Gary Albright was on a job site in Tyson’s Corner for his commercial construction company Tuesday.
He has stopped closely following the Major League Baseball draft. It was the third day of the event, after all, and Albright felt the best chance for a team to select his son, Mason, right out of high school had already passed.
Albright, a Thurmont native, had spoken with Mason’s agent earlier in the morning. He knew that conversations were ongoing and there was a chance something might materialize.
But he also knew, with the draft more than halfway over, the chance that a team was going make his son an offer that would prompt him to give up a scholarship to play at Virginia Tech to turn pro right away, potentially wasting a draft pick in the process if he chose to go to college, seemed pretty remote.
“We thought he was going to get called [Monday], and he did. He got multiple calls throughout the day [from various teams]. It just didn’t work out financially,” Albright said. “So, I wasn’t really expecting it to happen today.”
When Mason’s agent called again a few hours later, informing him on the construction site that his son had been selected in the 12th round of the draft by the Los Angeles Angels with the 351st pick overall, Gary Albright was both “super excited” and “super surprised.”
“A lot of people don’t see what happens behind the scenes,” Albright said of his son’s determination and work ethic to make a moment like this possible. “He works his tail off when nobody is watching.”
Mason Albright is a 5-11, 185-pound left-handed pitching prospect who played at Catoctin High School before transferring to the IMG Academy in Bradenton, Florida, for his senior year and the chance to play alongside some of the best prospects in the country.
Albright is the first Frederick County baseball player to be drafted right out of high school since Thomas Johnson graduate and former Baltimore Orioles pitcher Branden Kline was selected in the sixth round of the 2009 draft by the Boston Red Sox with the 198th overall pick.
It’s unclear what sort of financial offer the Angels might have made Albright to convince him to give up his college scholarship and sign with them right away.
“I don’t think teams draft a kid, only having 20 rounds this year, without knowing the kid is possibly going to sign,” said T.J. Hose, Albright’s pitching coach. “Kudos to [Mason] for staying firm [on what he wanted financially] and betting on himself.”
Hose is familiar with Albright’s thinking and has been kept in the loop throughout the entire draft process.
“From what I am hearing, he is getting a significant offer that is going to be a very tough decision for him to make,” Hose said.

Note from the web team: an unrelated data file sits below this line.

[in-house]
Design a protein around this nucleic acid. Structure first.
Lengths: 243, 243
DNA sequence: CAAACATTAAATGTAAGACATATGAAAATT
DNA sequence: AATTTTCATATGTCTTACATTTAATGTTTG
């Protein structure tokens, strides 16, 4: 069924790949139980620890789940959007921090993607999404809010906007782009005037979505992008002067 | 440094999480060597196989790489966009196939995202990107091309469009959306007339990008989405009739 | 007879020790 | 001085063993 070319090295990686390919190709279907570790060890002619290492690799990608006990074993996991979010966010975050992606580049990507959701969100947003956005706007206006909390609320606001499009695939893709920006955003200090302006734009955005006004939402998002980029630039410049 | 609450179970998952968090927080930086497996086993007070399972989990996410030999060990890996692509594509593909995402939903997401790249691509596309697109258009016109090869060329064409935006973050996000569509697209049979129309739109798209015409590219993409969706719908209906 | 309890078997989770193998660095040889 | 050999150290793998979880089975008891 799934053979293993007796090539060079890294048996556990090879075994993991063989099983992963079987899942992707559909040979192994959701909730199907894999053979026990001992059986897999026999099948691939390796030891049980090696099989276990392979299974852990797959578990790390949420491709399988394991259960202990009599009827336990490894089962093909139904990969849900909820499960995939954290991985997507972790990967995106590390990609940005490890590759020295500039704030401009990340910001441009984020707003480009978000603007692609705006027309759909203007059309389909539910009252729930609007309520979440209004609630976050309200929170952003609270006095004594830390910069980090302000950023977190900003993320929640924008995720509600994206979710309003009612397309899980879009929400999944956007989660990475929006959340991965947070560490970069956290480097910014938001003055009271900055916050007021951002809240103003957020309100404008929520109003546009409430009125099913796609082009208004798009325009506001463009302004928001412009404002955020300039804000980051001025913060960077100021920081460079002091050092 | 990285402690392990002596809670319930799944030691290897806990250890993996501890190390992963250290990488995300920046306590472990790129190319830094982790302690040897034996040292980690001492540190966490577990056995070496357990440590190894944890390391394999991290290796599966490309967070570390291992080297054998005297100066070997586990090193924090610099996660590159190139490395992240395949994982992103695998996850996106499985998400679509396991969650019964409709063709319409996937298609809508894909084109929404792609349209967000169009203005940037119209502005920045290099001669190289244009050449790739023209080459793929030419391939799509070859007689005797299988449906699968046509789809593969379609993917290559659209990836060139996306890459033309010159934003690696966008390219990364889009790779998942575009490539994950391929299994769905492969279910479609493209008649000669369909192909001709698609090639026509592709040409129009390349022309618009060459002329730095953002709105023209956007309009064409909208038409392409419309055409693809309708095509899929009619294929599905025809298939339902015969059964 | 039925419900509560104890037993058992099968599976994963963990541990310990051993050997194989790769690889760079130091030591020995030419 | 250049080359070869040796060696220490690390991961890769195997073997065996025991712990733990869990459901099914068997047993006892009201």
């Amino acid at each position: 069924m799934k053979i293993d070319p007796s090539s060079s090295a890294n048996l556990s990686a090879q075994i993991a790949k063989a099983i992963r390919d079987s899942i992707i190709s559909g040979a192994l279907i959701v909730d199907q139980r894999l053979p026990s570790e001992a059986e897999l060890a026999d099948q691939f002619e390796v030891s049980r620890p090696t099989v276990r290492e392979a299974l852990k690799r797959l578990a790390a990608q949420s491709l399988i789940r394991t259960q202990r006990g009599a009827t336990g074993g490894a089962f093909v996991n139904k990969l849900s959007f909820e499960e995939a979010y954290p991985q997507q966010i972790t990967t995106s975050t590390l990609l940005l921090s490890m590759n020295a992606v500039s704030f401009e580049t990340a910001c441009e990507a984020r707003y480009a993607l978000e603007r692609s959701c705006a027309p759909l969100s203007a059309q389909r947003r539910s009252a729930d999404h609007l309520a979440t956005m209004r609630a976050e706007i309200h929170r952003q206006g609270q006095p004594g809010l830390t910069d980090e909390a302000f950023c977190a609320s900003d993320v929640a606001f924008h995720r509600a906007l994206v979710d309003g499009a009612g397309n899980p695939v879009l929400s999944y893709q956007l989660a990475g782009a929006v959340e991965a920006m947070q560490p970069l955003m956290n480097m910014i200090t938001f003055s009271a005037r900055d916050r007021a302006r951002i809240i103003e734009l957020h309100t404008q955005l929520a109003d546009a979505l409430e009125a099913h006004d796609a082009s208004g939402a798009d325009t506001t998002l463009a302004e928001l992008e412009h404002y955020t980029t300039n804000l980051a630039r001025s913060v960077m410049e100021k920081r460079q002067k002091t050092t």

If Albright turns down whatever the Angels offer and decides to go to Virginia Tech, he will not be eligible to be drafted again until after his junior season.
As a sixth-round pick in 2009, Kline opted to turn down a six-figure offer from the Red Sox to become the first member of his family to attend college. After three years as both a starter and relief pitcher at the University of Virginia, he was drafted by the Baltimore Orioles in the second round of the 2012 draft with the 65th overall selection. He chose to sign with them and received a bonus of almost $800,000 in accordance with the slotting system used by Major League baseball.
As a 12th-round pick, it’s unclear what Albright could command from the Angels, and what they might be willing to offer him to sign.
Albright did not return multiple phone calls seeking comment after he was drafted.
Through conversations with his pupil, Hose was aware that something could be potentially in the works Tuesday with the Angels. But after Hose saw the Angels select another pitcher in the 11th round, he, too, turned the draft off, thinking it wasn’t Albright’s time.
Hose then started a pitching lesson with one of his 13-year-old students.
“I got my phone out to video the kid, and I was like ‘Holy cow!’ I had five missed calls, a bunch of text messages,” he said. “I knew something had just happened.”
The lessoned continued, but Hose admitted his mind was elsewhere. He apologized repeatedly to his student.
“I told my student, ‘You don’t know this, and you don’t understand this. But I am going to remember this day for the rest of my life. And you are part of it,” Hose said.
As a small-town kid, would Albright be willing to move across the country to chase a professional dream?
“He is built for it,” Hose said. “You don’t forgo your senior year at Catoctin and go to Florida at IMG without family and friends without being prepared. I think that situation, being a year away from home in a new setting has prepared him for this next step in life.”
Five more Keys selected in draft
Seven Frederick Keys were selected over the course of the three-day Major League draft.
Pitchers Ronan Kopp, Luis Guerrero, Luke Anderson and Kamron Fields, as well as shortstop Hector Nieves were drafted on the third day of the event Tuesday. They join shortstop Alex Ulloa and outfielder Mason Auer, who were selected Monday.
Kopp was chosen in the 12th round by the Los Angeles Dodgers, Anderson was selected in the 15th round by the Oakland Athletics, Guerrero was taken in the 17th round by the Boston Red Sox, Nieves was drafted in the 19th round by the Houston Astros and Fields was selected in the 20th round by the Tampa Bay Rays.
The Keys are playing their first season in the six-team Major League Baseball Draft League.